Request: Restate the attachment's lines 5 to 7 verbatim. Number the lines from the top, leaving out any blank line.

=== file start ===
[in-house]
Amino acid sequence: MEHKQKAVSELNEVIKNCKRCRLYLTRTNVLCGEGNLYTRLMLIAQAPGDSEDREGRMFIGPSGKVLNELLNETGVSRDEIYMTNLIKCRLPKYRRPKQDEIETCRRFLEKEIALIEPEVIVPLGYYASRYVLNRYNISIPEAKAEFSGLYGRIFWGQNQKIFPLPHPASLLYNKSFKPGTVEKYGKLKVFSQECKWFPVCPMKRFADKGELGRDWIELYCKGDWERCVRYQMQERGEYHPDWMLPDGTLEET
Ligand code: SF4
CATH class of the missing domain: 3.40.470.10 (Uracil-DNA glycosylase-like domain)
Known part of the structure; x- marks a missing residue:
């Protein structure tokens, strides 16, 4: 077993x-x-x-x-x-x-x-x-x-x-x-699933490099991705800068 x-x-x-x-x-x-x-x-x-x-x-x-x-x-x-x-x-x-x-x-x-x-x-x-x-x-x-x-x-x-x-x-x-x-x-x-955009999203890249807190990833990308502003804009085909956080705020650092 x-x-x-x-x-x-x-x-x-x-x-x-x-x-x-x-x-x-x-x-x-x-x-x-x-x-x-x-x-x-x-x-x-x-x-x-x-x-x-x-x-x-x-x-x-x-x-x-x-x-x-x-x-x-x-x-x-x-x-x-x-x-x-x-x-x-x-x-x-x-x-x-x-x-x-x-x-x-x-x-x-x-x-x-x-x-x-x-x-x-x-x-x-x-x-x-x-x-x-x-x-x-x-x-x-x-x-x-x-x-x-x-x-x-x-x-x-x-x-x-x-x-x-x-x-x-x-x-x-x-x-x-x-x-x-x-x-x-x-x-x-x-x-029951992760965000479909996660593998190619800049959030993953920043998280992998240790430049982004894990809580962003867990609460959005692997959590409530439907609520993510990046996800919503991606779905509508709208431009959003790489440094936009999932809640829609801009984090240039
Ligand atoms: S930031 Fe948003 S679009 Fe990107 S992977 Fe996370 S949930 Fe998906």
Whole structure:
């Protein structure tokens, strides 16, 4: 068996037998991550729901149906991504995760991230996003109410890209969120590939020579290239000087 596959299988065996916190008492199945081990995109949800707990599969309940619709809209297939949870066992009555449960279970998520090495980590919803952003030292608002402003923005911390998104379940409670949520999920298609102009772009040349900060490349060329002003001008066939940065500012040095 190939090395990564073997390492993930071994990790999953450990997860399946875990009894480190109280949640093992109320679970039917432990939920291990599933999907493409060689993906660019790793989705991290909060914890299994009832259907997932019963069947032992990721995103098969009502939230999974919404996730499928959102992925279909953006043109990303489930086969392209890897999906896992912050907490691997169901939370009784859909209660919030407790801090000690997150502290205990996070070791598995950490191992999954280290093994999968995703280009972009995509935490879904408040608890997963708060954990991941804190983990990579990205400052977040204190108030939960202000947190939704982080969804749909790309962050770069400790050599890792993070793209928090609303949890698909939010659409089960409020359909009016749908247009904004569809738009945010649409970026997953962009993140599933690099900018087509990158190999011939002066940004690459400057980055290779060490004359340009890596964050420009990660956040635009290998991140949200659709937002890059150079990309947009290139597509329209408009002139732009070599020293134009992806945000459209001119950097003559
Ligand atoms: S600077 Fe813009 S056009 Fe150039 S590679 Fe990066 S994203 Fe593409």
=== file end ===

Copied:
Known part of the structure; x- marks a missing residue:
């Protein structure tokens, strides 16, 4: 077993x-x-x-x-x-x-x-x-x-x-x-699933490099991705800068 x-x-x-x-x-x-x-x-x-x-x-x-x-x-x-x-x-x-x-x-x-x-x-x-x-x-x-x-x-x-x-x-x-x-x-x-955009999203890249807190990833990308502003804009085909956080705020650092 x-x-x-x-x-x-x-x-x-x-x-x-x-x-x-x-x-x-x-x-x-x-x-x-x-x-x-x-x-x-x-x-x-x-x-x-x-x-x-x-x-x-x-x-x-x-x-x-x-x-x-x-x-x-x-x-x-x-x-x-x-x-x-x-x-x-x-x-x-x-x-x-x-x-x-x-x-x-x-x-x-x-x-x-x-x-x-x-x-x-x-x-x-x-x-x-x-x-x-x-x-x-x-x-x-x-x-x-x-x-x-x-x-x-x-x-x-x-x-x-x-x-x-x-x-x-x-x-x-x-x-x-x-x-x-x-x-x-x-x-x-x-x-029951992760965000479909996660593998190619800049959030993953920043998280992998240790430049982004894990809580962003867990609460959005692997959590409530439907609520993510990046996800919503991606779905509508709208431009959003790489440094936009999932809640829609801009984090240039
Ligand atoms: S930031 Fe948003 S679009 Fe990107 S992977 Fe996370 S949930 Fe998906």